Seattle Community College administrators have backed away from a rule change that would have restricted campus protests — a proposal that itself brought protests from students and faculty.
The Seattle Community College District has backed away from a rule change that would have restricted protests on the district’s three community-college campuses — a proposal that in itself brought protests from faculty and students who questioned whether it was constitutional.
“This is a major improvement,” said Doug Honig, a spokesman for the American Civil Liberties Union (ACLU). “The chancellor has abandoned the several proposals that had serious constitutional problems, and we don’t object to what’s being proposed now.”
The earlier proposal would have required nonstudent protesters to register with campus security 24 hours in advance, allowed each protester only one sign that could be no larger than 3 feet by 5 feet, and restricted protests to certain locations on each campus.
- Seahawks 39, Steelers 30: What the national media are saying about Russell Wilson and Seattle's turnaround
- Lake Stevens quarterback Jacob Eason gets visit from WSU’s Mike Leach; commitment to Georgia ‘in holding pattern’
- On his birthday, Russell Wilson gives Seattle Seahawks perhaps his greatest game to beat Pittsburgh Steelers
- Girlfriend finds nothing funny about couple’s sense of humor
- WWU police arrest 19-year-old student in racist-threats case
Most Read Stories
Students, faculty and the ACLU had argued that the rules would restrict free speech and could violate both the state and federal constitutions. They expressed a particular concern that the rules would affect the Seattle Central Community College campus, on Capitol Hill, which was the site of the Occupy Seattle encampment last year and has been a magnet for student and community activism for many years.
Chancellor Jill Wakefield announced her decision to take the proposal off the table late Monday in an email sent out to the college community.
“Our colleges stand for both safeguarding free speech and providing excellent education,” Wakefield wrote. “Our policies need to strike a better balance between the two. With your help, we will find that balance.”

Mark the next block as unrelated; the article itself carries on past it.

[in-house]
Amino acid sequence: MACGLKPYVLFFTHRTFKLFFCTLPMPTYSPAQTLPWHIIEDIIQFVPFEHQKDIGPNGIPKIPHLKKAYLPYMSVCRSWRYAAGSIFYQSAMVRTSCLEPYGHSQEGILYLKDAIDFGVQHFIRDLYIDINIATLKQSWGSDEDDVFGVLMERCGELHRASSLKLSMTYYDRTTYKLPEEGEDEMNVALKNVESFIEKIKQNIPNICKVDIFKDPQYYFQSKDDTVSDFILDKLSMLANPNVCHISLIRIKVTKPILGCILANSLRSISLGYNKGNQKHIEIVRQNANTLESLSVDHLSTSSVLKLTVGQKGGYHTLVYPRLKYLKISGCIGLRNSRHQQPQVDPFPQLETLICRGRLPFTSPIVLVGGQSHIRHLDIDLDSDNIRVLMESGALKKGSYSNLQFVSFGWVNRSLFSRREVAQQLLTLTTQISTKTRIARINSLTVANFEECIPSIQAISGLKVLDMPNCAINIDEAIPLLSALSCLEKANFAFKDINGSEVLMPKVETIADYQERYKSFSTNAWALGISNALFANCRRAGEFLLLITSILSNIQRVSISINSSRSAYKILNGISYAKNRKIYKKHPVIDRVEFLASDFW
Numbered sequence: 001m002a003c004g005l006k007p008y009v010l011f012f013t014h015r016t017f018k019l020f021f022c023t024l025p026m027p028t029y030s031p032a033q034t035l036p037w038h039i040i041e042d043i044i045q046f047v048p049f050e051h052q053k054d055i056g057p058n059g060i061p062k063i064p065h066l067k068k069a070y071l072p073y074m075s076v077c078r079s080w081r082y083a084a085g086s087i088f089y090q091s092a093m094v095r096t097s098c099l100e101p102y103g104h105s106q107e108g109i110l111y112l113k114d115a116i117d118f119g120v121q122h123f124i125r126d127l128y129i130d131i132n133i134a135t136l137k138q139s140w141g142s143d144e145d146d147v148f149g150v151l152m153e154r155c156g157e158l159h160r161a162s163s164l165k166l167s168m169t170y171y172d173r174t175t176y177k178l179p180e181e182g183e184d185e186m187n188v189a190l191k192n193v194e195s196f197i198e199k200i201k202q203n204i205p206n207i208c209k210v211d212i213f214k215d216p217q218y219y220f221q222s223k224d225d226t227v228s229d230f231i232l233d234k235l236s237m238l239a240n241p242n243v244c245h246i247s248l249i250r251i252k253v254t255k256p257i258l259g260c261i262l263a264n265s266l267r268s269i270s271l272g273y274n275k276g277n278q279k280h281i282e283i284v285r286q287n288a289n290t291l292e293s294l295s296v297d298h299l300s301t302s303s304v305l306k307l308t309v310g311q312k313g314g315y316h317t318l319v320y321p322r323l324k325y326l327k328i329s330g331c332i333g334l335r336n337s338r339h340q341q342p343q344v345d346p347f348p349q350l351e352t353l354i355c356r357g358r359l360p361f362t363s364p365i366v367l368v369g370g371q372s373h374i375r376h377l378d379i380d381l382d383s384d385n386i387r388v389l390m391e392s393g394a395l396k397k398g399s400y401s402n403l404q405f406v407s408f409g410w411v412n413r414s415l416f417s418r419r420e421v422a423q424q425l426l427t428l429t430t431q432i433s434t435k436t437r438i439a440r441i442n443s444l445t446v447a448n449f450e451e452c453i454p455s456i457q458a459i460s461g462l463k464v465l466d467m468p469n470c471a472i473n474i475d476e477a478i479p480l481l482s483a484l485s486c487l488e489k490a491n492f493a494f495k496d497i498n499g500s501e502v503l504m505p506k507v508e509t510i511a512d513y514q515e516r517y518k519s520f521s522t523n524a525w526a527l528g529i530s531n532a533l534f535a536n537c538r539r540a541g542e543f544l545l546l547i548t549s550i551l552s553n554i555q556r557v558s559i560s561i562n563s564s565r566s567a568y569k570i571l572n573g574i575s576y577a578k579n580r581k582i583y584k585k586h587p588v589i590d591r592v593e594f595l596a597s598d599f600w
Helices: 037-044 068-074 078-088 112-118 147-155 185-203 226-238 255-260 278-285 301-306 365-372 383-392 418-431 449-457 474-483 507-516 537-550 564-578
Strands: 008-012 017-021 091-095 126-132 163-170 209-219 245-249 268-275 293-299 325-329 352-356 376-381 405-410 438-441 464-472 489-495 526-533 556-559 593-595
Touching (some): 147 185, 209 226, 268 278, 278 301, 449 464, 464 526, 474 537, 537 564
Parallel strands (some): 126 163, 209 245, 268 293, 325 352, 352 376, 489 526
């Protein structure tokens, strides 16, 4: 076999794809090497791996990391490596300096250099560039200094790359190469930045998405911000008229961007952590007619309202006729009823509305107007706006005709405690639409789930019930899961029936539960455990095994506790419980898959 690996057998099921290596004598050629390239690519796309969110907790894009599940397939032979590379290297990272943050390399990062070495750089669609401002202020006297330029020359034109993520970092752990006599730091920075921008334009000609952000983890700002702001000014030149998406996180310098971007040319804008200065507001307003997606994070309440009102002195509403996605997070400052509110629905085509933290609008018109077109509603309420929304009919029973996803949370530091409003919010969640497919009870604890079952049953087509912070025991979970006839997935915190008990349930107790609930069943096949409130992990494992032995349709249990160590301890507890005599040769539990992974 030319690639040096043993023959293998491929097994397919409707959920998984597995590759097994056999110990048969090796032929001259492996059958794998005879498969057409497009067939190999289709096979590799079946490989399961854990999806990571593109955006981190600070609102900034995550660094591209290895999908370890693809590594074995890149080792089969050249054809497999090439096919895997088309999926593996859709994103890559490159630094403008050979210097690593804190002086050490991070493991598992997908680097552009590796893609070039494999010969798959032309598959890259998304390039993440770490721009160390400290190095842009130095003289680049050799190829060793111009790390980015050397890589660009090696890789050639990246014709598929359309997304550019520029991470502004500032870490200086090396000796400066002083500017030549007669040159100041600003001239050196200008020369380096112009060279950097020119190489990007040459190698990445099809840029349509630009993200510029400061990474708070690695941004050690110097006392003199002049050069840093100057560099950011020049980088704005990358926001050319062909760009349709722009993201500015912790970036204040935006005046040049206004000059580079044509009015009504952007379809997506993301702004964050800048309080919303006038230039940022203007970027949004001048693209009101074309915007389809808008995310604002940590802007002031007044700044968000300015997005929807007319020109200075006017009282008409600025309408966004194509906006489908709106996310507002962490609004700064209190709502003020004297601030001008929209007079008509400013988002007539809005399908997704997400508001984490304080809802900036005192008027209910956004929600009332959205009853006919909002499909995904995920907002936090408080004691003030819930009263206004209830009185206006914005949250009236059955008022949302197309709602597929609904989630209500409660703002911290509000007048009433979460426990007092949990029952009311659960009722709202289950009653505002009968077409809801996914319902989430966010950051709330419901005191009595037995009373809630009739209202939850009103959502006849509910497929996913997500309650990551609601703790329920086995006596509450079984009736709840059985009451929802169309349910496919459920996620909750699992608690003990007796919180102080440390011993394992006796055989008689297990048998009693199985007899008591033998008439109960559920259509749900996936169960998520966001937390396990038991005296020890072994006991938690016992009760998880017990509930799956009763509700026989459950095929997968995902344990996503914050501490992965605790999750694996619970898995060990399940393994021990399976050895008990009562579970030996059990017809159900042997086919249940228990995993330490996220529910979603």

Wakefield said she is trimming the rule change down to a couple of provisions: allowing protests only between 7 a.m. and 10 p.m. and prohibiting camping. Violators could be charged with trespassing.
But Laurel Holliday, a faculty member at South Seattle Community College who first raised questions about the proposed rule changes, said by email that she was disappointed by Wakefield’s latest proposal.
“It is vague, lacking any concrete new rule proposals, and includes ‘feel good’ references to free speech,”she wrote, “while, at the same time, its title includes ‘Balancing First Amendment … ‘ The First Amendment cannot be ‘balanced’ with anything.”
College administrators said earlier this month that the rules were drafted after several students complained about supporters of Lyndon LaRouche setting up a table in front of a college bookstore in November 2010. LaRouche is a perennial presidential candidate who has likened President Obama’s health-care law to the work of the Nazis. According to college officials, the students felt they were being harassed.
Wakefield said she would convene a group of students, faculty and staff to look at the issue again. Meanwhile, the revised provisions will be introduced at the board of trustees meeting at 4 p.m. Thursday in the first-floor boardroom of the district office, 1500 Harvard Ave., Seattle.
The meeting will be open for public comments, but no vote will be taken.
Katherine Long: 206-464-2219 or firstname.lastname@example.org. On Twitter @katherinelong.